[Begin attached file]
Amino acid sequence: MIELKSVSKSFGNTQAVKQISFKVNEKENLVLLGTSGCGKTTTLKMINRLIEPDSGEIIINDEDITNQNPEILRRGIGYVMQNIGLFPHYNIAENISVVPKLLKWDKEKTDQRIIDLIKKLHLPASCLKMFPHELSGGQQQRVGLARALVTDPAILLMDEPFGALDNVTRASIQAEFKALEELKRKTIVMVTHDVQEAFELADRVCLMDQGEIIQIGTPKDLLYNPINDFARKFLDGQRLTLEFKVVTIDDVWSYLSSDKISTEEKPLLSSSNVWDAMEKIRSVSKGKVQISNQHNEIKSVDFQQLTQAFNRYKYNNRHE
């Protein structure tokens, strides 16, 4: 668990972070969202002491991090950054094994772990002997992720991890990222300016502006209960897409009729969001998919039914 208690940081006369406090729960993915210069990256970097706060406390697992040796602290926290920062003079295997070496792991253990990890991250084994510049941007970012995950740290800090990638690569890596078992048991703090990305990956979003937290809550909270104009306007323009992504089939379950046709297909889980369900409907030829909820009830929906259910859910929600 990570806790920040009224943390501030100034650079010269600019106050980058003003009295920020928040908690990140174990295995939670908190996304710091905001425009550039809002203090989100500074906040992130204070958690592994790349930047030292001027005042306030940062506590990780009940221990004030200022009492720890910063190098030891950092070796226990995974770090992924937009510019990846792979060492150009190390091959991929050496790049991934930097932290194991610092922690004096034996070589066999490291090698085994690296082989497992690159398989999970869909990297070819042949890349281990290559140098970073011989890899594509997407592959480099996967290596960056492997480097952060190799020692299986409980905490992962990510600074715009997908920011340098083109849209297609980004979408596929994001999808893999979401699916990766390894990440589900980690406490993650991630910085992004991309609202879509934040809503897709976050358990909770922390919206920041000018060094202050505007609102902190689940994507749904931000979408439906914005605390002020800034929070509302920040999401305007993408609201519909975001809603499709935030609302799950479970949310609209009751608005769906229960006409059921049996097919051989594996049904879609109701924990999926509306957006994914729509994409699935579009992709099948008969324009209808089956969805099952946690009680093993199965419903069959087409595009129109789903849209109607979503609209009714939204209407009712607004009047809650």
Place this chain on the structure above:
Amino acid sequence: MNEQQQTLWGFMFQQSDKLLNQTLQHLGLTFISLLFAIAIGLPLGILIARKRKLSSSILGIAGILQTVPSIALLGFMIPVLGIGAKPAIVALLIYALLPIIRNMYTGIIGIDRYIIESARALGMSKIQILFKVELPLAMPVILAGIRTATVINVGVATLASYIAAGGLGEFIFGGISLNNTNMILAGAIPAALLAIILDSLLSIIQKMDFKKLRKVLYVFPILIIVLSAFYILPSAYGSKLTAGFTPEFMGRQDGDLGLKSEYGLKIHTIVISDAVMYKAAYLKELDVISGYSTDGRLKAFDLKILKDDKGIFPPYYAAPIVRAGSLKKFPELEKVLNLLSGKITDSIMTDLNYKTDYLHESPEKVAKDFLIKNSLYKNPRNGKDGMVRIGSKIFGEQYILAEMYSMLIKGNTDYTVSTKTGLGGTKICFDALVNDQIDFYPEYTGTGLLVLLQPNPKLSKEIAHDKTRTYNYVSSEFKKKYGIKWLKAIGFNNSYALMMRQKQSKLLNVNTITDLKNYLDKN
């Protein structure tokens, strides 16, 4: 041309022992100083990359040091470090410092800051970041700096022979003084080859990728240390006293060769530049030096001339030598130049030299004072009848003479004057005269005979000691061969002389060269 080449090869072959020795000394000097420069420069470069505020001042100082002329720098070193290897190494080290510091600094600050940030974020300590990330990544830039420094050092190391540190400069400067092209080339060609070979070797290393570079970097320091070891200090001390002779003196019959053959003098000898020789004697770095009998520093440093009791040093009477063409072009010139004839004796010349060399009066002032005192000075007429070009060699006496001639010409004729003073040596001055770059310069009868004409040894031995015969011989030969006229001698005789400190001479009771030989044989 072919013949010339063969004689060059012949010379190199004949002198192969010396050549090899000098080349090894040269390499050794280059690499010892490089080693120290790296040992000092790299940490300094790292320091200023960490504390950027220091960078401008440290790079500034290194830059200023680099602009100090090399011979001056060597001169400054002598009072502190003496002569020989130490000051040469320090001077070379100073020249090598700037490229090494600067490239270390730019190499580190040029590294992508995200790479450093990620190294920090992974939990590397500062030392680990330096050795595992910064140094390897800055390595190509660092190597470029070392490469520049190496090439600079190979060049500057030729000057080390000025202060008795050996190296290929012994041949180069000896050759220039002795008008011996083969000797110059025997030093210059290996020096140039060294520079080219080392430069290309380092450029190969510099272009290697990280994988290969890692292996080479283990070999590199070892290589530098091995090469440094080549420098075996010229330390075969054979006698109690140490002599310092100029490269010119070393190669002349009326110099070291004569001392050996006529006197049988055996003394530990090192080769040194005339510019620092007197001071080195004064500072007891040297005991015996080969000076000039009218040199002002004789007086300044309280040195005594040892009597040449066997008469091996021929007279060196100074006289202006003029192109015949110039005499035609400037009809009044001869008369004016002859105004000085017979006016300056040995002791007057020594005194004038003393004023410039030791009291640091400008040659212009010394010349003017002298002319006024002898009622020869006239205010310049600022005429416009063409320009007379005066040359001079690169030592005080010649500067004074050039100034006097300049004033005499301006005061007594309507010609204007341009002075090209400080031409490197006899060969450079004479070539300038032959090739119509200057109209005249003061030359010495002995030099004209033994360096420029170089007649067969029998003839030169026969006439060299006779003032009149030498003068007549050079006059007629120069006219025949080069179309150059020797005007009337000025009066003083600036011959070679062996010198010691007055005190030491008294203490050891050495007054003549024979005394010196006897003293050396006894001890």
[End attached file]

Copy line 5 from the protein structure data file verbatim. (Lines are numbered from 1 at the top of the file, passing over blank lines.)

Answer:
């Protein structure tokens, strides 16, 4: 041309022992100083990359040091470090410092800051970041700096022979003084080859990728240390006293060769530049030096001339030598130049030299004072009848003479004057005269005979000691061969002389060269 080449090869072959020795000394000097420069420069470069505020001042100082002329720098070193290897190494080290510091600094600050940030974020300590990330990544830039420094050092190391540190400069400067092209080339060609070979070797290393570079970097320091070891200090001390002779003196019959053959003098000898020789004697770095009998520093440093009791040093009477063409072009010139004839004796010349060399009066002032005192000075007429070009060699006496001639010409004729003073040596001055770059310069009868004409040894031995015969011989030969006229001698005789400190001479009771030989044989 072919013949010339063969004689060059012949010379190199004949002198192969010396050549090899000098080349090894040269390499050794280059690499010892490089080693120290790296040992000092790299940490300094790292320091200023960490504390950027220091960078401008440290790079500034290194830059200023680099602009100090090399011979001056060597001169400054002598009072502190003496002569020989130490000051040469320090001077070379100073020249090598700037490229090494600067490239270390730019190499580190040029590294992508995200790479450093990620190294920090992974939990590397500062030392680990330096050795595992910064140094390897800055390595190509660092190597470029070392490469520049190496090439600079190979060049500057030729000057080390000025202060008795050996190296290929012994041949180069000896050759220039002795008008011996083969000797110059025997030093210059290996020096140039060294520079080219080392430069290309380092450029190969510099272009290697990280994988290969890692292996080479283990070999590199070892290589530098091995090469440094080549420098075996010229330390075969054979006698109690140490002599310092100029490269010119070393190669002349009326110099070291004569001392050996006529006197049988055996003394530990090192080769040194005339510019620092007197001071080195004064500072007891040297005991015996080969000076000039009218040199002002004789007086300044309280040195005594040892009597040449066997008469091996021929007279060196100074006289202006003029192109015949110039005499035609400037009809009044001869008369004016002859105004000085017979006016300056040995002791007057020594005194004038003393004023410039030791009291640091400008040659212009010394010349003017002298002319006024002898009622020869006239205010310049600022005429416009063409320009007379005066040359001079690169030592005080010649500067004074050039100034006097300049004033005499301006005061007594309507010609204007341009002075090209400080031409490197006899060969450079004479070539300038032959090739119509200057109209005249003061030359010495002995030099004209033994360096420029170089007649067969029998003839030169026969006439060299006779003032009149030498003068007549050079006059007629120069006219025949080069179309150059020797005007009337000025009066003083600036011959070679062996010198010691007055005190030491008294203490050891050495007054003549024979005394010196006897003293050396006894001890």